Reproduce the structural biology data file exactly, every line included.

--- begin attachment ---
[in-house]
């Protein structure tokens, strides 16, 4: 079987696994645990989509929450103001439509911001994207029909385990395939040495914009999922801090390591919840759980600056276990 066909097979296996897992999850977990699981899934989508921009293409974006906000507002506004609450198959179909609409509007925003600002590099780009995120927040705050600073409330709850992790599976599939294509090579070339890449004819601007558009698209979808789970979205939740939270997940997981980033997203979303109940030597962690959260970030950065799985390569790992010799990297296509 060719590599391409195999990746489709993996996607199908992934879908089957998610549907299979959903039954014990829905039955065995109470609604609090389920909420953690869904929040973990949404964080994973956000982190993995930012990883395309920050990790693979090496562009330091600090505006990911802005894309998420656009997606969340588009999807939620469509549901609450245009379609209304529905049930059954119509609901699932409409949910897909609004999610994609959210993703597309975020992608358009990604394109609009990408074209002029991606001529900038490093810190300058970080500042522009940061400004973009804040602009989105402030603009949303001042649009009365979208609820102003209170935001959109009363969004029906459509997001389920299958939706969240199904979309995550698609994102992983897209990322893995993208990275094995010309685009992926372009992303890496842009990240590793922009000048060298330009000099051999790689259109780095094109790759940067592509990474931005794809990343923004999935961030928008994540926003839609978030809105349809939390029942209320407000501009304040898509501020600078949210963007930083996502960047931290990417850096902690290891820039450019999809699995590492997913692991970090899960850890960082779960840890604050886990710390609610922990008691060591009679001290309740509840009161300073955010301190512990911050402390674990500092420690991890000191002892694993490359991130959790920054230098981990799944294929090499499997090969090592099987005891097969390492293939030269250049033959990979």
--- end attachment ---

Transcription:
[in-house]
């Protein structure tokens, strides 16, 4: 079987696994645990989509929450103001439509911001994207029909385990395939040495914009999922801090390591919840759980600056276990 066909097979296996897992999850977990699981899934989508921009293409974006906000507002506004609450198959179909609409509007925003600002590099780009995120927040705050600073409330709850992790599976599939294509090579070339890449004819601007558009698209979808789970979205939740939270997940997981980033997203979303109940030597962690959260970030950065799985390569790992010799990297296509 060719590599391409195999990746489709993996996607199908992934879908089957998610549907299979959903039954014990829905039955065995109470609604609090389920909420953690869904929040973990949404964080994973956000982190993995930012990883395309920050990790693979090496562009330091600090505006990911802005894309998420656009997606969340588009999807939620469509549901609450245009379609209304529905049930059954119509609901699932409409949910897909609004999610994609959210993703597309975020992608358009990604394109609009990408074209002029991606001529900038490093810190300058970080500042522009940061400004973009804040602009989105402030603009949303001042649009009365979208609820102003209170935001959109009363969004029906459509997001389920299958939706969240199904979309995550698609994102992983897209990322893995993208990275094995010309685009992926372009992303890496842009990240590793922009000048060298330009000099051999790689259109780095094109790759940067592509990474931005794809990343923004999935961030928008994540926003839609978030809105349809939390029942209320407000501009304040898509501020600078949210963007930083996502960047931290990417850096902690290891820039450019999809699995590492997913692991970090899960850890960082779960840890604050886990710390609610922990008691060591009679001290309740509840009161300073955010301190512990911050402390674990500092420690991890000191002892694993490359991130959790920054230098981990799944294929090499499997090969090592099987005891097969390492293939030269250049033959990979």